Preservation of the national language, the ability to speak it, study, get a higher education is one of the fundamental rights, representatives of national minorities consider. According to the Jalalabat Education Board, there are 370 secondary schools in the region, of which with the Kyrgyz language of instruction are three hundred seventeen, with the Uzbek language of instruction - forty-four and with the Russian language of instruction - nine schools. Of the total, there are still eighty-seven mixed schools with Kyrgyz, Russian and Uzbek languages ​​of instruction. According to the regional department of education, the equipment of schools with textbooks is almost one hundred percent. Thus, in Uzbek-language schools, the availability of textbooks is 78%, in Russian-language schools - 82%. But this medal has another side.

The main problem of Uzbek-teaching schools is the cultural isolation from Uzbekistan, which is complicated by the fact that in the neighboring country the alphabet is in Latin, and in Kyrgyzstan the Uzbek language exists in Cyrillic. The same problem exists with schools with the Kyrgyz language of instruction in Uzbekistan, representatives of the community “Uzbeks of Kyrgyzstan” believe. Cultural, pedagogical contacts at the institute-school level are almost completely absent. At the same time, according to Osh teachers, in Uzbek-teaching schools, the hours of teaching Uzbek as a native language have sharply reduced recently. Practically, according to the teachers, his role is reduced to a foreign language, which, in their opinion, is unfair. According to the head of the Uzbek National Cultural Center Ulugbek Abdusalomov, the sensational rally in Jalalabat was mainly dictated by the alarm about the fate of the Uzbek language in Kyrgyzstan.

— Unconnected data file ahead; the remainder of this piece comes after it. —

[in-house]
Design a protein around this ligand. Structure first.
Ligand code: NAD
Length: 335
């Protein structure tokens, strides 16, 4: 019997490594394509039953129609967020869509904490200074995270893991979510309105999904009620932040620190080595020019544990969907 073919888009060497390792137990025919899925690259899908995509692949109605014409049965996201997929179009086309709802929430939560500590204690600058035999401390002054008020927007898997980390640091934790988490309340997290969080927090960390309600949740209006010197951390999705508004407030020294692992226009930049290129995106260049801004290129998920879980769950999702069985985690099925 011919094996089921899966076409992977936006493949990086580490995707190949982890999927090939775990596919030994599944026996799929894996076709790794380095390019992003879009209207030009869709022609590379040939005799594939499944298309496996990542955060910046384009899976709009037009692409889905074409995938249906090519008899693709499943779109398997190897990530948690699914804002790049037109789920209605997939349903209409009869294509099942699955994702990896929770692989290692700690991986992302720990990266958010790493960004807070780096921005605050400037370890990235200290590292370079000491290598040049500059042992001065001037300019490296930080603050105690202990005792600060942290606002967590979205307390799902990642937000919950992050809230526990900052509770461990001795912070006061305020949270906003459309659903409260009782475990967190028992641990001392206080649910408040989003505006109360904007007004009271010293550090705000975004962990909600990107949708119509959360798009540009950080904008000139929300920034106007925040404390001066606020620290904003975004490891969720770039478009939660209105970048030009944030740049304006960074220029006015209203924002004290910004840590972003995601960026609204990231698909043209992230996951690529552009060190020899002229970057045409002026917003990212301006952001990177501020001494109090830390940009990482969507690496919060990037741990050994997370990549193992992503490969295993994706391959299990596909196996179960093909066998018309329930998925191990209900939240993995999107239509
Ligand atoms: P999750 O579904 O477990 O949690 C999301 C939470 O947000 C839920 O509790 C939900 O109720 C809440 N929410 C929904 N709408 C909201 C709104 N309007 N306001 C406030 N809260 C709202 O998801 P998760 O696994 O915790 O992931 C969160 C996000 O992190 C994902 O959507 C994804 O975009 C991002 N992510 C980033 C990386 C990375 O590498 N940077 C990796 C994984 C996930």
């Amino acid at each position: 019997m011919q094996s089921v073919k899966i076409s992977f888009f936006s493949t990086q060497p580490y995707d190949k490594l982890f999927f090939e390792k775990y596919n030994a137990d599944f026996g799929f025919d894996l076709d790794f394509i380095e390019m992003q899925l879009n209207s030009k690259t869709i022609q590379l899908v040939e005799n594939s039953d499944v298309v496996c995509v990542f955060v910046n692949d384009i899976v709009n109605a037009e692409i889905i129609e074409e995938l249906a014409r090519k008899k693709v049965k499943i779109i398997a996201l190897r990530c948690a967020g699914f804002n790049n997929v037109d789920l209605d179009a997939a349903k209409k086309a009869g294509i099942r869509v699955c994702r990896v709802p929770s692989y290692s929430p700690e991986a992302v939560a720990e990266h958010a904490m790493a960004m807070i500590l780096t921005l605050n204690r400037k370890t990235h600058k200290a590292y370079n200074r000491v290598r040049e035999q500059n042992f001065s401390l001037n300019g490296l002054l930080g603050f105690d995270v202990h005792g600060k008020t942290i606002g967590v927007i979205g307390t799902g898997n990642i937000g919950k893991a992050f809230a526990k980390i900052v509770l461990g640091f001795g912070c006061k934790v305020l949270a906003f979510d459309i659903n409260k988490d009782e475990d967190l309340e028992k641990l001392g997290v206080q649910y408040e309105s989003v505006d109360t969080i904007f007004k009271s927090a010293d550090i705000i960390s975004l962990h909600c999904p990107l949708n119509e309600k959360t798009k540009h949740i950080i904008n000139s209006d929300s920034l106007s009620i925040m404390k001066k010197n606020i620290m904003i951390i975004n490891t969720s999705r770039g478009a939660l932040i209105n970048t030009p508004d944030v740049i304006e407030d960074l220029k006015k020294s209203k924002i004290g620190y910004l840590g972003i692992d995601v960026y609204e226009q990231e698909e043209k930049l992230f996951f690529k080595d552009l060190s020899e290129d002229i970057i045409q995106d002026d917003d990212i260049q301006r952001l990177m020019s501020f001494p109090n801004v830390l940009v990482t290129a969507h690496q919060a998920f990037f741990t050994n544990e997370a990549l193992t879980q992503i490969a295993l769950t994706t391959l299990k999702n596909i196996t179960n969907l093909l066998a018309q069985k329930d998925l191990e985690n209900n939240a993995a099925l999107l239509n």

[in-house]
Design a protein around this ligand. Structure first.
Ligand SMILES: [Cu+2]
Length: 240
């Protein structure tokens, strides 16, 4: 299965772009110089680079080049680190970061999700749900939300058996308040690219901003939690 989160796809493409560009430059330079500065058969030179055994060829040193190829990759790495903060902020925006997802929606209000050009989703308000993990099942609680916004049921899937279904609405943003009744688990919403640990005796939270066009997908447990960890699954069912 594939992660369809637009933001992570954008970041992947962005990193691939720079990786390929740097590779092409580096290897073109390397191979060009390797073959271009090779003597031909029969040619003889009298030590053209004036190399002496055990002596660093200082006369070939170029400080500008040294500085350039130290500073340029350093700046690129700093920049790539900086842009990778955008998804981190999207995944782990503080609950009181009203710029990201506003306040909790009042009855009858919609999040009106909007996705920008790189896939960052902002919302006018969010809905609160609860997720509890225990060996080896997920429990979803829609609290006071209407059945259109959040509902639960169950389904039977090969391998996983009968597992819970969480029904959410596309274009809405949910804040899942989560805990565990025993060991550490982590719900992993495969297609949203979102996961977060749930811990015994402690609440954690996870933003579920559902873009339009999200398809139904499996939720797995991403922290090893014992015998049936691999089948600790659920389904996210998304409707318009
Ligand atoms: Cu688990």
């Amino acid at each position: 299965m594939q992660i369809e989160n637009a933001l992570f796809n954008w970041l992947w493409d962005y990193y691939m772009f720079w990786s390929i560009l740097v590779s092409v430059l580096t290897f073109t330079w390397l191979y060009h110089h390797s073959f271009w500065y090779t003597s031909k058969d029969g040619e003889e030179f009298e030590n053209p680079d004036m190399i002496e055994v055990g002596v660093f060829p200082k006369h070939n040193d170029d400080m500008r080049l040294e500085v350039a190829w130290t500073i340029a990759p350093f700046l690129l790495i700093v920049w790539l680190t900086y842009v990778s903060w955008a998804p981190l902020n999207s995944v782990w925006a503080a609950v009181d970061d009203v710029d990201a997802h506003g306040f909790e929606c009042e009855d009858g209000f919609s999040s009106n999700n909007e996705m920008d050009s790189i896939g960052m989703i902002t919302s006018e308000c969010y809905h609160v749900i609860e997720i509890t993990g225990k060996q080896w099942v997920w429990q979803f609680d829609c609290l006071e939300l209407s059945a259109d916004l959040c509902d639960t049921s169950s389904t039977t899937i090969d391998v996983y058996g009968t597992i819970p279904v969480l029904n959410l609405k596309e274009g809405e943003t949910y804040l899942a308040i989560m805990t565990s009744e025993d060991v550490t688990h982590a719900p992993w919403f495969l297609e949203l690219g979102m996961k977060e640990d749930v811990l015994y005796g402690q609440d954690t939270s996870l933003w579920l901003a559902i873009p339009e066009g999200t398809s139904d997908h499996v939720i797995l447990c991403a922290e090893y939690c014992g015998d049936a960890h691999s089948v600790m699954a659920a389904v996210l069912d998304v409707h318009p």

The Kyrgyz language is the stumbling block in relations between the Kyrgyz and other ethnic groups that live in the country. More precisely, not language, but methods of its introduction into the system of secondary and higher education. The clumsy introduction of the Kyrgyz language only strengthens the protest mood among people of non-Kyrgyz nationalities. The noble idea of ​​raising the role and place of the Kyrgyz language can easily “drown” in the quagmire of recriminations and accusations. The zeal with which they “infuse the masses” of the Kyrgyz language is alarming to all. Even State Secretary of Kyrgyzstan Adakham Madumarov warned the patriotic patriots of such steps that prevent other ethnic groups from learning and knowing the Kyrgyz language.

The whole problem of the ethnic situation in Kyrgyzstan, according to the head of the public association “Slavic Diaspora” Valery Uleyev, is the absence of a national program for the ethnic development of the country. Because it is impossible, according to him, to arrange friendship of the people in Kyrgyzstan only on songs and dances. “It is necessary to create a certain state body where representatives of each nationality would enter and all together would solve their problems, telling others about them. Also, it is necessary that there is control by the government to respect the rights of all ethnic groups without exception. To all were equal. Then there will be no omissions between people, national groups, ”says Valery Uleyev. In the same context, the head of the Uzbek National Cultural Center Ulugbek Abdusalomov, who believes that it is necessary to create a certain state committee or agency on ethnic issues, was expressed.

Kyrgyzstan, due to the caustic comments of Akaev opponents, thanks to this doctrine, then turned into the state version of a “soviet” hostel with all the problems arising from this.

I wish Janybaev (Jalalabad)